Imagine if you went to a bar and the bartender gave you a beer with half of it already drunk. Imagine renting a flat and discovering someone else living in the cupboard. Smartphone storage is a bit like that. You’re always paying for storage you can’t actually use. Some manufacturers are better on that front than others, so let’s discover the phone storage winners and losers.
What’s the problem with phone storage?
Every computer, tablet or smartphone has an operating system, and that operating system needs somewhere to live until it’s loaded into the system memory. On a computer, that place is the hard disk or the SSD; on a tablet or smartphone, it’s the flash storage.
With a computer, the 4-12 GB needed for a basic Windows 10 installation is a drop in the ocean compared with the size of the SSD or hard disk. But mobile devices have less storage and so the OS takes up a greater percentage of it. And it’s not just the OS: any apps the manufacturer decides to preload take up room too.
How much space are we talking about?
On a phone with 16 GB of storage, you can expect to lose around 3.75 GB to stock Android. For example, a 16 GB Nexus 5 running stock Lollipop will have 12.28 GB of storage available for your stuff. That isn’t brilliant, but it’s much better than an Android phone that has lots of manufacturer-specific modifications.
Take the Samsung Galaxy S4, for example. According to UK consumer magazine Which?, a factory-fresh 16 GB Galaxy S4 running Android comes with just 8.56 GB of available storage space. That means that the combination of Android and TouchWiz robs you of almost half your device’s storage space.
Which phones are best and worst for storage?
According to Which? the best phone for storage is an iPhone: Apple’s optimization of iOS means a 16 GB iPhone 5C comes with 12.6 GB of storage still free.
Next up is the aforementioned Nexus 5 with 12.28 GB, followed by the Apple iPhone 5S with 12.2 GB. Sony’s Xperia Z1 has 11.43 GB available, the BlackBerry Z30 11.2 GB, the HTC One Mini, 10.44 GB, and the LG G2, 10.37 GB. Last and very definitely least is the Galaxy S4, with just 8.56 GB available, as we mentioned above.
Should you care about phone storage?
Yes, if you want to store stuff on your phone. High-res photos, video recordings and apps all need space, and Android itself needs a bit of room to breathe. If you’re starting off with a relatively small amount of storage then naturally you’ll run out of it sooner than you would with a more generous phone.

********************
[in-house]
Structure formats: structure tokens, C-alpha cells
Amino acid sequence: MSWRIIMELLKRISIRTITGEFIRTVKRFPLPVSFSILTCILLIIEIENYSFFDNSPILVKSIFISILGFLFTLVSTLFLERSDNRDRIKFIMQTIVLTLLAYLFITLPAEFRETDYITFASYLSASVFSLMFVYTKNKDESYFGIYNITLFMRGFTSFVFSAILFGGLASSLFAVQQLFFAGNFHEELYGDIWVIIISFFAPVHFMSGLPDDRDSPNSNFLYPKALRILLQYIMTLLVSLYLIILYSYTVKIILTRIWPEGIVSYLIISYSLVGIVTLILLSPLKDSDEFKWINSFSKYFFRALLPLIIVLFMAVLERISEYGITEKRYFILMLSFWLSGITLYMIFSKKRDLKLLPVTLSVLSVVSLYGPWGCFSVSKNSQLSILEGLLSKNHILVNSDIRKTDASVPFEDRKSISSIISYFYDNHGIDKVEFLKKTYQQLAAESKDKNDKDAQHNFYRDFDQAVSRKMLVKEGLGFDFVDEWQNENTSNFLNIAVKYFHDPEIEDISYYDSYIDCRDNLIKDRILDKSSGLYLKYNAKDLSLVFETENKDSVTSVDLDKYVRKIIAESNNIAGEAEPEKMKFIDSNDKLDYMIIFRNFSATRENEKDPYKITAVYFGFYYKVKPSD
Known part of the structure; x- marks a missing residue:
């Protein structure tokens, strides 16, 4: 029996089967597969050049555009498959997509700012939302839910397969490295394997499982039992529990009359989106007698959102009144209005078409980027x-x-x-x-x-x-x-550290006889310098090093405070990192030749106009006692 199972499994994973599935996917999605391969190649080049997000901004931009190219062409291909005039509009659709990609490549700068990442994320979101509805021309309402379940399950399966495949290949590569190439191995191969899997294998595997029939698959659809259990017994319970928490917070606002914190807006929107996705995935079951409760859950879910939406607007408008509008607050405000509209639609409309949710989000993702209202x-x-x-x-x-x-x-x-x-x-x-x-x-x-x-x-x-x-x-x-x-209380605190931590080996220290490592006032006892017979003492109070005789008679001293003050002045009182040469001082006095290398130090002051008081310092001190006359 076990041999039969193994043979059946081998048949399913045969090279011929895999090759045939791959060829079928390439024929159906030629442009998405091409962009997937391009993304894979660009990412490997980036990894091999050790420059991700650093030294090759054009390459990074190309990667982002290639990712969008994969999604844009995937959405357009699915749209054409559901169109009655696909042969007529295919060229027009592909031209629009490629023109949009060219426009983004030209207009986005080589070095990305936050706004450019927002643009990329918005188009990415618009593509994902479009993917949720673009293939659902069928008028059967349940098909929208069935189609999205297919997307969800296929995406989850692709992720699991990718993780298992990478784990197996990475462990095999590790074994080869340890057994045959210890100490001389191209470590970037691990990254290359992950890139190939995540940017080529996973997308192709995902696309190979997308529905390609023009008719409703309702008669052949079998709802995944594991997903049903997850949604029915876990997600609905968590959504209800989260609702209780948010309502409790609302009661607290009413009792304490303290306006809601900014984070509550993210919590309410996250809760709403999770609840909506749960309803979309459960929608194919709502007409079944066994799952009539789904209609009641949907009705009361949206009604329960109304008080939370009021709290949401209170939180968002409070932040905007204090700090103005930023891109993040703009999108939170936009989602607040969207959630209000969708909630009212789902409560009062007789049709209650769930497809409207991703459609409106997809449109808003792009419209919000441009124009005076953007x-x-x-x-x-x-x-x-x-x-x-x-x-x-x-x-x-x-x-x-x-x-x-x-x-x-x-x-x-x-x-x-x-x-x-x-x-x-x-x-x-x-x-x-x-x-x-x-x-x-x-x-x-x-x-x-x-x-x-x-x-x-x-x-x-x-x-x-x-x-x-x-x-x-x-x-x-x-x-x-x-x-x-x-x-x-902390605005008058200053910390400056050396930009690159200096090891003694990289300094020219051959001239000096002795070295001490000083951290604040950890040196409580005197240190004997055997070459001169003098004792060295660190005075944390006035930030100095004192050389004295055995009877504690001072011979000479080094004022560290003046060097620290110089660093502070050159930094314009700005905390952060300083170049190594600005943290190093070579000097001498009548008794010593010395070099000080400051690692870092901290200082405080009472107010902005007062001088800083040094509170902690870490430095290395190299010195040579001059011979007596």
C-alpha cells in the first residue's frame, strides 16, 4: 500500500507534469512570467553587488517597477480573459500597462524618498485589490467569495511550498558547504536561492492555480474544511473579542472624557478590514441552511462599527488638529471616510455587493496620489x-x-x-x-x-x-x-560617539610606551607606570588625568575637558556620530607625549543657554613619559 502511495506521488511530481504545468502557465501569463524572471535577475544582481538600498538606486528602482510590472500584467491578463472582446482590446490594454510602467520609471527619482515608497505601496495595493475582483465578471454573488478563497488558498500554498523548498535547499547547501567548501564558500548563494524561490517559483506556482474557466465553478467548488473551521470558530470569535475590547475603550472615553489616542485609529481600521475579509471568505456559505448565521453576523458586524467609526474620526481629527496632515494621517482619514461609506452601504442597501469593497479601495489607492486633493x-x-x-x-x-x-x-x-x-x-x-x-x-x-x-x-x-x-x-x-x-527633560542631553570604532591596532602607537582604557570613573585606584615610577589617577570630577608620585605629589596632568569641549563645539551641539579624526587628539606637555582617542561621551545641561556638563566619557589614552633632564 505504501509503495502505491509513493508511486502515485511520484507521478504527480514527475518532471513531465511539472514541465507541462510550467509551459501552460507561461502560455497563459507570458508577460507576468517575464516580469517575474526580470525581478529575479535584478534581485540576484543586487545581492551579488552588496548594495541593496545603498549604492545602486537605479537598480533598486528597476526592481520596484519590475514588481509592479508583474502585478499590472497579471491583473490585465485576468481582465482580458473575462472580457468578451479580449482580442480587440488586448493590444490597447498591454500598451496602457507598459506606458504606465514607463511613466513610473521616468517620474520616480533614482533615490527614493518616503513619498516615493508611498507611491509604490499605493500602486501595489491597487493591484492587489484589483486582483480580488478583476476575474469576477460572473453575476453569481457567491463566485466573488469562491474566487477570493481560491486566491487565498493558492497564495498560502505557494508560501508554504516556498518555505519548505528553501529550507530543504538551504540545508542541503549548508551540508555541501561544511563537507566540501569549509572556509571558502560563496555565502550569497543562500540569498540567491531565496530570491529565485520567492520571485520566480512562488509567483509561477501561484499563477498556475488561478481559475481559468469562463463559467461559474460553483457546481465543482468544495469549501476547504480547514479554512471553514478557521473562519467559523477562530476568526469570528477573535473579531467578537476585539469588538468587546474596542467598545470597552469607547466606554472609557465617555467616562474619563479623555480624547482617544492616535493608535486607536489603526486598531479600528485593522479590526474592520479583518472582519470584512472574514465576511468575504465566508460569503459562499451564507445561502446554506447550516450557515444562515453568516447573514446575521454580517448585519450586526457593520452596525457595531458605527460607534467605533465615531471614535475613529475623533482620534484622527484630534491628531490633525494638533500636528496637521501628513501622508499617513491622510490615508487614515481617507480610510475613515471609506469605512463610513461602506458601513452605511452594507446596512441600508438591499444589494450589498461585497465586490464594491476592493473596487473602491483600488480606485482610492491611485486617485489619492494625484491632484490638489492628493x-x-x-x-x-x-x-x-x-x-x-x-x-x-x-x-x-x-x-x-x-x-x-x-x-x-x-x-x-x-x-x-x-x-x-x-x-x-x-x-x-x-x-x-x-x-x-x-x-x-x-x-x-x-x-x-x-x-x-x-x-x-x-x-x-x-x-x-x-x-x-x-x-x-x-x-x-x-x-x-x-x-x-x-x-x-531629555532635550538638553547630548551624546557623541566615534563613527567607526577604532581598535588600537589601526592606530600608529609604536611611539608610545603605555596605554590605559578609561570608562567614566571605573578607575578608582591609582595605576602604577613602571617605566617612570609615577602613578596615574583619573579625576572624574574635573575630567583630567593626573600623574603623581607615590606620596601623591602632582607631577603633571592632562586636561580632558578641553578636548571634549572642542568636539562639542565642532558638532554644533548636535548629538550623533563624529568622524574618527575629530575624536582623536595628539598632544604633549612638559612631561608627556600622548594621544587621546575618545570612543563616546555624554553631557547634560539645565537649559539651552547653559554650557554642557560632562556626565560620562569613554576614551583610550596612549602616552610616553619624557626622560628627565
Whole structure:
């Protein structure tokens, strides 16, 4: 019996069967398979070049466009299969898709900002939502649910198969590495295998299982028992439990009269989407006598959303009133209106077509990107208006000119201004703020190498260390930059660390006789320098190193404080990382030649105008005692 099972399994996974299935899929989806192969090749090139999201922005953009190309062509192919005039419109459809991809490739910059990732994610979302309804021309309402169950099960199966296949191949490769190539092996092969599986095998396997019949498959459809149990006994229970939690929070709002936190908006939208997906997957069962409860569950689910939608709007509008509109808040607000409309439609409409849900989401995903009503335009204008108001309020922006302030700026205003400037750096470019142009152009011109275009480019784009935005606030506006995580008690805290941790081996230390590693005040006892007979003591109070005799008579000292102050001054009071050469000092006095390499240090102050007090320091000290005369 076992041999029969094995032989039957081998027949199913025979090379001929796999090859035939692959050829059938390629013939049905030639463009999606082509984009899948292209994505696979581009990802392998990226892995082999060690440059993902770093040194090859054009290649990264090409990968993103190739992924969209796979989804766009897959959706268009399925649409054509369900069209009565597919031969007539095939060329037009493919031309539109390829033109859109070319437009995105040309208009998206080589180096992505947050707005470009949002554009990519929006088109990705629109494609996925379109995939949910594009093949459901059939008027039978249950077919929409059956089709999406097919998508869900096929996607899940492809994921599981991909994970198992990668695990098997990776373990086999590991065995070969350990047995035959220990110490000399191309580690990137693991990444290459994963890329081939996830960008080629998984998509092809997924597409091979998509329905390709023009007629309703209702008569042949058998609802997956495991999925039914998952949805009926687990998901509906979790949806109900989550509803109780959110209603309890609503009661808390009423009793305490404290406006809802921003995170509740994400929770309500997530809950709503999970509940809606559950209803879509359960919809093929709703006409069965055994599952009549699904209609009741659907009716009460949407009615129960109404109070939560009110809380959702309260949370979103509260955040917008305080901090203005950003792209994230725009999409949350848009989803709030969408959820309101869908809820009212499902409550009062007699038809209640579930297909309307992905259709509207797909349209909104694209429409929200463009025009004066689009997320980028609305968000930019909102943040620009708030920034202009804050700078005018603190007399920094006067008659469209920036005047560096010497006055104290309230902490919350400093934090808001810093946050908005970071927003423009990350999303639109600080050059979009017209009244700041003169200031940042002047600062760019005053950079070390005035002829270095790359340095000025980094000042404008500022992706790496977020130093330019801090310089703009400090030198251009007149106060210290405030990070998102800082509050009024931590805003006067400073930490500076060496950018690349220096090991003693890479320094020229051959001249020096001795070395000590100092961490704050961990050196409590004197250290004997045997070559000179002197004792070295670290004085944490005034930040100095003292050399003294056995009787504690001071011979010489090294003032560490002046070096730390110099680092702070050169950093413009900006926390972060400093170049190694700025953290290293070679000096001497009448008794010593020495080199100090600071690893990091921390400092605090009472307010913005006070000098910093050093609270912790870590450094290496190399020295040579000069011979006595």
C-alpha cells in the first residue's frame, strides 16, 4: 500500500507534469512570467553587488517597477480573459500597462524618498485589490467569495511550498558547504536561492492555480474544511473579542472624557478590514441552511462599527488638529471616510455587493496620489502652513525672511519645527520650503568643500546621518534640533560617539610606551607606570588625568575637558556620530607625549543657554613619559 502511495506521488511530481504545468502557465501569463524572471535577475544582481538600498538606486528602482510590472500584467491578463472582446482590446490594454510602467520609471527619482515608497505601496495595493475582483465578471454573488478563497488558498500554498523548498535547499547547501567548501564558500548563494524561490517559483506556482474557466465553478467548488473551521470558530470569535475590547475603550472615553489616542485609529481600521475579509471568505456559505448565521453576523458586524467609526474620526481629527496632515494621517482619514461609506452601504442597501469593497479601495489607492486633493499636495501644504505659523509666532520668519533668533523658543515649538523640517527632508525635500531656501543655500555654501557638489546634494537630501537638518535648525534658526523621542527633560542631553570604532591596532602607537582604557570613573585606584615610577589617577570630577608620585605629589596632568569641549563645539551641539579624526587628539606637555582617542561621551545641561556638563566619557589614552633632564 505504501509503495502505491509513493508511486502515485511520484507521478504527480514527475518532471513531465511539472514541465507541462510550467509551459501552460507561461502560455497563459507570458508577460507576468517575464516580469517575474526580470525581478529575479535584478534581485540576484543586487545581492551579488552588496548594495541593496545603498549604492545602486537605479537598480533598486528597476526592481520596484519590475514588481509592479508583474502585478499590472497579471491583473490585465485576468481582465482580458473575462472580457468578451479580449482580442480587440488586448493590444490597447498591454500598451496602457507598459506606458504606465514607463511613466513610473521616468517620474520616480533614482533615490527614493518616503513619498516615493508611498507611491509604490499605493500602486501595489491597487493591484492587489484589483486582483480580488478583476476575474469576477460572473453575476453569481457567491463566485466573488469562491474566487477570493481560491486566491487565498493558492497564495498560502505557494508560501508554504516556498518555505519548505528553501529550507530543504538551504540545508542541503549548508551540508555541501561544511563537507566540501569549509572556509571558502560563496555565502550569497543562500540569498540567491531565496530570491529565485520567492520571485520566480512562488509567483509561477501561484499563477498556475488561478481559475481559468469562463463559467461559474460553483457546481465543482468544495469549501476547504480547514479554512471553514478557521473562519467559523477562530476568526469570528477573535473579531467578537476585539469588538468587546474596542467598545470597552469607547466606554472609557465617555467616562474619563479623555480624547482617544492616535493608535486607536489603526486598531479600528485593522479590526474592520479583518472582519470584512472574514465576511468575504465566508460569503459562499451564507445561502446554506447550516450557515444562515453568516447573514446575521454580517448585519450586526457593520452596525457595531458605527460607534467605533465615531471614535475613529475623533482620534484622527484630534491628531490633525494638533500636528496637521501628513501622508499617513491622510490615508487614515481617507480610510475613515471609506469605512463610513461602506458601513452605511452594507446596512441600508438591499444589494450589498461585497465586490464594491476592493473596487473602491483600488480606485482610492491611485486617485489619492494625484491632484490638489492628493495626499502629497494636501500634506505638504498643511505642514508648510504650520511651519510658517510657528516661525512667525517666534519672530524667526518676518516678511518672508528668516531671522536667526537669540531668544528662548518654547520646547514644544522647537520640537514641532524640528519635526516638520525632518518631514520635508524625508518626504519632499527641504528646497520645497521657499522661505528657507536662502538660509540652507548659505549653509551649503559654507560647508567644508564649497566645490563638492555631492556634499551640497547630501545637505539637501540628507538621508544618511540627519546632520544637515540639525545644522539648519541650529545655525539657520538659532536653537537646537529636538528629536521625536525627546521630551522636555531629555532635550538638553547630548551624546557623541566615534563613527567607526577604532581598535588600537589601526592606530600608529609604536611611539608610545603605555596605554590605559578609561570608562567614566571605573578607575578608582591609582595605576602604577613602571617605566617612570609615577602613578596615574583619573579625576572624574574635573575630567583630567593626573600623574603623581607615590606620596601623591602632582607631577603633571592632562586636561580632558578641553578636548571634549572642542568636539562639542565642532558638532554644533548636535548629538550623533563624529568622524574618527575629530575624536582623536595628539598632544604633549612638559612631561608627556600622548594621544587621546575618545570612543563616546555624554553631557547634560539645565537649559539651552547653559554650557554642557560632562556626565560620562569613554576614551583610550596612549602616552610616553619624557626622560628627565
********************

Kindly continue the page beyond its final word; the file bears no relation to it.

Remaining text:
There is a 'but', though, and it’s a bigger but than anything Sir Mix-A-Lot would write a song about. Enter SD cards. When an iPhone runs out of storage, you’re stuffed. When a Galaxy S4 runs out of space, you just can pop a 64 GB microSD card in it.
Does storage size really matter?
We think it does. While we’re firm fans of storing everything on the cloud, streaming music and movies from faraway servers, and keeping as little stuff on our actual devices as possible, there are still times when storage matters.
For example, you might be taking lots and lots of photos and video when you’re nowhere near a 4G or Wi-Fi connection, or you might want to take a bunch of movies to watch on a plane where Wi-Fi isn’t offered. In those circumstances, a few gigabytes of extra space can make all the difference.
The simplest answer is to steer clear of 16 GB devices altogether. We’ve said for a while now that such titchy amounts of storage aren’t really appropriate for modern phones or tablets. But that’s not always possible, especially if you’re on a tight budget and manufacturers price an extra 16 GB of storage as if it came on gold memory chips studded with diamonds.
In such cases, it makes sense to either find a device that runs stock Android or to root your device so you can slim down its operating system’s footprint. And, of course, a bit of housekeeping wouldn't go amiss: getting rid of apps you don’t use and photos and videos you don’t plan to keep can prevent you from running out of space at the worst possible times.
What do you think? Are manufacturers’ mods taking up too much space? Would you rather go stock Android than let Samsung adjust your OS? Let us know below.